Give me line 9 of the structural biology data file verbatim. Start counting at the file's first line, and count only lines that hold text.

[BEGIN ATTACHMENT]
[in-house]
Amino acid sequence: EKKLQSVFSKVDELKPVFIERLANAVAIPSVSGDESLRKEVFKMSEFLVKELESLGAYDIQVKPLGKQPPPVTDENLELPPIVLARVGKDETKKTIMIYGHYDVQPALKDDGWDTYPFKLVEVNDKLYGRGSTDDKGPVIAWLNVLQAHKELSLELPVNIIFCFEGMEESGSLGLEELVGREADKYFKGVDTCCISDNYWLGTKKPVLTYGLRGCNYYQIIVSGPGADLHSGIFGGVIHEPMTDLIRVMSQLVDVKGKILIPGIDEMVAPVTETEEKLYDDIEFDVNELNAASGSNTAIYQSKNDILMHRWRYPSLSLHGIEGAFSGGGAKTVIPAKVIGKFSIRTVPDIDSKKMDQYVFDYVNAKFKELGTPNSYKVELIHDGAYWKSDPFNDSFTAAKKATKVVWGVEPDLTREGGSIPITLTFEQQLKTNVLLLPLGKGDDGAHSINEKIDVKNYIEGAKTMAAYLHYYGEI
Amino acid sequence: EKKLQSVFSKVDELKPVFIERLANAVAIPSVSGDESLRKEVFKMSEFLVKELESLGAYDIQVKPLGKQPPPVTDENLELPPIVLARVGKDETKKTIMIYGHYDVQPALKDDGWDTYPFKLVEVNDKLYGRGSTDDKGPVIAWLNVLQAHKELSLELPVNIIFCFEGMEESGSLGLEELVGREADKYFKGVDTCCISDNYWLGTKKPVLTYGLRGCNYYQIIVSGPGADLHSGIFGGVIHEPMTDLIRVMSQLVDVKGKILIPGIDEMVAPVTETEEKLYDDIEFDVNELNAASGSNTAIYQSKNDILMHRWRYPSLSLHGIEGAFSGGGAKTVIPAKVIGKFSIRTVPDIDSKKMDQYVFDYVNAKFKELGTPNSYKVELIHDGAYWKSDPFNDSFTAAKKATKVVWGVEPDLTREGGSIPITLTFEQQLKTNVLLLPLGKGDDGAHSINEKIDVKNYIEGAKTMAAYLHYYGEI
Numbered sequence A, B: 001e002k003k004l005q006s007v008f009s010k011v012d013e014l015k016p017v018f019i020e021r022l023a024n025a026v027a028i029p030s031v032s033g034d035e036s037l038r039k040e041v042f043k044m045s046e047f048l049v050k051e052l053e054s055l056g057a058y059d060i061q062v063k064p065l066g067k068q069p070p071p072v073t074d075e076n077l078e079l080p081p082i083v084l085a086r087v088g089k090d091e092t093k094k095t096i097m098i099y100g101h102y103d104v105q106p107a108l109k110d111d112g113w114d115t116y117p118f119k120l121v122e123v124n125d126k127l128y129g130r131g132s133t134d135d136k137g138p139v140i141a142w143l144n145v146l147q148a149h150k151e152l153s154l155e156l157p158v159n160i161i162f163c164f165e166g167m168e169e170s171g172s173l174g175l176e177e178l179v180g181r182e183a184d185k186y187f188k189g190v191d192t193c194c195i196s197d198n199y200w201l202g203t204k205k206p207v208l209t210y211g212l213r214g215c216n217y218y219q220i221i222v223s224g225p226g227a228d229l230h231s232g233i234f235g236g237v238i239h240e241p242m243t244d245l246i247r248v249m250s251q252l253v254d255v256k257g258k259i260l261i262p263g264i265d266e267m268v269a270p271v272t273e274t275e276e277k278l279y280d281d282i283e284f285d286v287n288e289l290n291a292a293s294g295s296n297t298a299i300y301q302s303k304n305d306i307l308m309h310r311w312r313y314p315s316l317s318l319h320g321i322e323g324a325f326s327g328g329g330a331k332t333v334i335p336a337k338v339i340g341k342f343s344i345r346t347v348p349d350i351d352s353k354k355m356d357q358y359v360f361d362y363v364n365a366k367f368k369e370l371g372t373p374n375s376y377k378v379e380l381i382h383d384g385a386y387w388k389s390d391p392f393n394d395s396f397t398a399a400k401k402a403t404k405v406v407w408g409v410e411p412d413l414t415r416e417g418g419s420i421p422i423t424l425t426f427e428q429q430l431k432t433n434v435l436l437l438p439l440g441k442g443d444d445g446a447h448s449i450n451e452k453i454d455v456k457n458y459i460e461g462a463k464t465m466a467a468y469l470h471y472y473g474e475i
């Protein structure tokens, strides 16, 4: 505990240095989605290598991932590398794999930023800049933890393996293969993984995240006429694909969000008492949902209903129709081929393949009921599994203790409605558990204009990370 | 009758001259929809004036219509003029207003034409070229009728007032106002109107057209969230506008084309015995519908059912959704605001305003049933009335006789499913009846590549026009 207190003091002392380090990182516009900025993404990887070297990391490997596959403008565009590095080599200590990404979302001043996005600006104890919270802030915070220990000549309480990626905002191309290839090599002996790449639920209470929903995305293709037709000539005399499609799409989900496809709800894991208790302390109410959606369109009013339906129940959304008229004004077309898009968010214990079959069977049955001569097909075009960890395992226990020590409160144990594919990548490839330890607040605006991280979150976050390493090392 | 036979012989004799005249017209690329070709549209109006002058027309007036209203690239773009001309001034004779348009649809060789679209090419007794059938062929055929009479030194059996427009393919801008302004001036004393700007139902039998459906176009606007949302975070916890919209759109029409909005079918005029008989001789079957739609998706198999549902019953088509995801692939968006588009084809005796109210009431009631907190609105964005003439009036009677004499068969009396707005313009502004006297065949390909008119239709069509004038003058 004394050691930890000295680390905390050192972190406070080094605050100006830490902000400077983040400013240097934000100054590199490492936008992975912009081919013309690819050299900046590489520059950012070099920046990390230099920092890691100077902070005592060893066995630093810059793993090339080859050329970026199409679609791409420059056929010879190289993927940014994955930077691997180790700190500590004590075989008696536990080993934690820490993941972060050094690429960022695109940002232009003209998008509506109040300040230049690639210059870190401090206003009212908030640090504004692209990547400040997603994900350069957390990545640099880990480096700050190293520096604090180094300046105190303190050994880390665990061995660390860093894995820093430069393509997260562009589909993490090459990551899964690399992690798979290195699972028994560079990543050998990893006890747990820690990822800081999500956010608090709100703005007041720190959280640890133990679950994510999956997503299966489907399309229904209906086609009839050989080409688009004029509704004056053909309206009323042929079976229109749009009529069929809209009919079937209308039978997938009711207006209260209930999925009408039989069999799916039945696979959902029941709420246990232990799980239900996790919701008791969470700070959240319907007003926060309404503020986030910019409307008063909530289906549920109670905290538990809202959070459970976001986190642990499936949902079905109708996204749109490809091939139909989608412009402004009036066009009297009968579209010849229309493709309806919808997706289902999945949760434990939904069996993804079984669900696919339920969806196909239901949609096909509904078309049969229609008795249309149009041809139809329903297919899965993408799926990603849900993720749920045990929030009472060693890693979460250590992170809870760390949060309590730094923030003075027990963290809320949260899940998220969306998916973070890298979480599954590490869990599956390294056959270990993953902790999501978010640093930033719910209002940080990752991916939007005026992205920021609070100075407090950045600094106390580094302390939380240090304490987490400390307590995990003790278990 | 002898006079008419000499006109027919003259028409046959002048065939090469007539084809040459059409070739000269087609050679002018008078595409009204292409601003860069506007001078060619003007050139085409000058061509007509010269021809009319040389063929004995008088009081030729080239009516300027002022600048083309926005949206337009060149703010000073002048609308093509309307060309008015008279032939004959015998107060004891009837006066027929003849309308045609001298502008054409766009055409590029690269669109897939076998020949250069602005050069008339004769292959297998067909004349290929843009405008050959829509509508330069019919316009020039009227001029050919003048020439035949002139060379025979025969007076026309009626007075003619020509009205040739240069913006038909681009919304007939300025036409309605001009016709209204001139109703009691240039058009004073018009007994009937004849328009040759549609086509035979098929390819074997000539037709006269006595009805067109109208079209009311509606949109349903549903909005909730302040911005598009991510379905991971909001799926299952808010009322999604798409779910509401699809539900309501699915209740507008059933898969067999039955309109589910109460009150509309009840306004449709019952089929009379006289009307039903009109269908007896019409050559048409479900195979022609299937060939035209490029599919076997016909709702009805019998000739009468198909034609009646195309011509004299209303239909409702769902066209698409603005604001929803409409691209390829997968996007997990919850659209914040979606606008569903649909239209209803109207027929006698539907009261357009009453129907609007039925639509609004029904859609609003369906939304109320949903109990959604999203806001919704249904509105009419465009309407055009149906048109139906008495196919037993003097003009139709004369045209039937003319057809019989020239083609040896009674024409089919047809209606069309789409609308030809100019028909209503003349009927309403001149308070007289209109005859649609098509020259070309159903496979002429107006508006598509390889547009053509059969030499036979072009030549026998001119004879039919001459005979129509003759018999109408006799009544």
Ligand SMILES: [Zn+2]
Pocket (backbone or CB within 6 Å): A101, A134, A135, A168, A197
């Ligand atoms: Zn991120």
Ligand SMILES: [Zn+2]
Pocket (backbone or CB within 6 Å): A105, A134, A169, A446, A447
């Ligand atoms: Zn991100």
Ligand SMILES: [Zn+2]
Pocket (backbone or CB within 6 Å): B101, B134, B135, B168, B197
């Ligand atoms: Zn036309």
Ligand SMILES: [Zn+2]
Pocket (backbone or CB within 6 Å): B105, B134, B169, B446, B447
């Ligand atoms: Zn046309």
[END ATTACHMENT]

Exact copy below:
Ligand SMILES: [Zn+2]